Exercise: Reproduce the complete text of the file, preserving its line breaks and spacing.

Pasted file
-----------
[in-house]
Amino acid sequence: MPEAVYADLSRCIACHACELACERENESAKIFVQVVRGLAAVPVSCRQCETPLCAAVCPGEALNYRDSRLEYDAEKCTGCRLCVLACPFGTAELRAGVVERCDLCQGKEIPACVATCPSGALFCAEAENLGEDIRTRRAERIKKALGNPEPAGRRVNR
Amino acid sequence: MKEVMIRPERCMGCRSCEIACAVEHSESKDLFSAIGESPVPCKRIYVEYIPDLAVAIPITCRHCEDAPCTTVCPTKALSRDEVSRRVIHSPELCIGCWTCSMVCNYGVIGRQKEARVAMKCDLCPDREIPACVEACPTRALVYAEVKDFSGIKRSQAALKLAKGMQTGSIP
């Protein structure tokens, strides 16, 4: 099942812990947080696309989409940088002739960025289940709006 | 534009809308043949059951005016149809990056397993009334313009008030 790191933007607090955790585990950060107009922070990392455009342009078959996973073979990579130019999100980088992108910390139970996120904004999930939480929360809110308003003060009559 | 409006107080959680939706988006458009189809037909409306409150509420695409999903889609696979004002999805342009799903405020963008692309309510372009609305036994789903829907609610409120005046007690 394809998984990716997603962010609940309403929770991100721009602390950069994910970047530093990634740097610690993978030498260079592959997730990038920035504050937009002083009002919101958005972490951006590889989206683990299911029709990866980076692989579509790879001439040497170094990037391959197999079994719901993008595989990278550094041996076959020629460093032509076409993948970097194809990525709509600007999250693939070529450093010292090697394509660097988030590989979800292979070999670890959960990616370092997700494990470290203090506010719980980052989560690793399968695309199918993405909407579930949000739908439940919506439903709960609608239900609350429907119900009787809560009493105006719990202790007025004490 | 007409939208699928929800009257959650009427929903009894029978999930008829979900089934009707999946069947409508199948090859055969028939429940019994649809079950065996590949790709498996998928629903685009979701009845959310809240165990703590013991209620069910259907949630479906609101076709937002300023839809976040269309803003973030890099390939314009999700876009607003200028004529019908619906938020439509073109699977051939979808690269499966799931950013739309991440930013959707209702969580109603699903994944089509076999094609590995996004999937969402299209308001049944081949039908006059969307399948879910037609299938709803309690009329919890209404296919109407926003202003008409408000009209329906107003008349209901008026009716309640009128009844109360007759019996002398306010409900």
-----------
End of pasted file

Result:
[in-house]
Amino acid sequence: MPEAVYADLSRCIACHACELACERENESAKIFVQVVRGLAAVPVSCRQCETPLCAAVCPGEALNYRDSRLEYDAEKCTGCRLCVLACPFGTAELRAGVVERCDLCQGKEIPACVATCPSGALFCAEAENLGEDIRTRRAERIKKALGNPEPAGRRVNR
Amino acid sequence: MKEVMIRPERCMGCRSCEIACAVEHSESKDLFSAIGESPVPCKRIYVEYIPDLAVAIPITCRHCEDAPCTTVCPTKALSRDEVSRRVIHSPELCIGCWTCSMVCNYGVIGRQKEARVAMKCDLCPDREIPACVEACPTRALVYAEVKDFSGIKRSQAALKLAKGMQTGSIP
């Protein structure tokens, strides 16, 4: 099942812990947080696309989409940088002739960025289940709006 | 534009809308043949059951005016149809990056397993009334313009008030 790191933007607090955790585990950060107009922070990392455009342009078959996973073979990579130019999100980088992108910390139970996120904004999930939480929360809110308003003060009559 | 409006107080959680939706988006458009189809037909409306409150509420695409999903889609696979004002999805342009799903405020963008692309309510372009609305036994789903829907609610409120005046007690 394809998984990716997603962010609940309403929770991100721009602390950069994910970047530093990634740097610690993978030498260079592959997730990038920035504050937009002083009002919101958005972490951006590889989206683990299911029709990866980076692989579509790879001439040497170094990037391959197999079994719901993008595989990278550094041996076959020629460093032509076409993948970097194809990525709509600007999250693939070529450093010292090697394509660097988030590989979800292979070999670890959960990616370092997700494990470290203090506010719980980052989560690793399968695309199918993405909407579930949000739908439940919506439903709960609608239900609350429907119900009787809560009493105006719990202790007025004490 | 007409939208699928929800009257959650009427929903009894029978999930008829979900089934009707999946069947409508199948090859055969028939429940019994649809079950065996590949790709498996998928629903685009979701009845959310809240165990703590013991209620069910259907949630479906609101076709937002300023839809976040269309803003973030890099390939314009999700876009607003200028004529019908619906938020439509073109699977051939979808690269499966799931950013739309991440930013959707209702969580109603699903994944089509076999094609590995996004999937969402299209308001049944081949039908006059969307399948879910037609299938709803309690009329919890209404296919109407926003202003008409408000009209329906107003008349209901008026009716309640009128009844109360007759019996002398306010409900």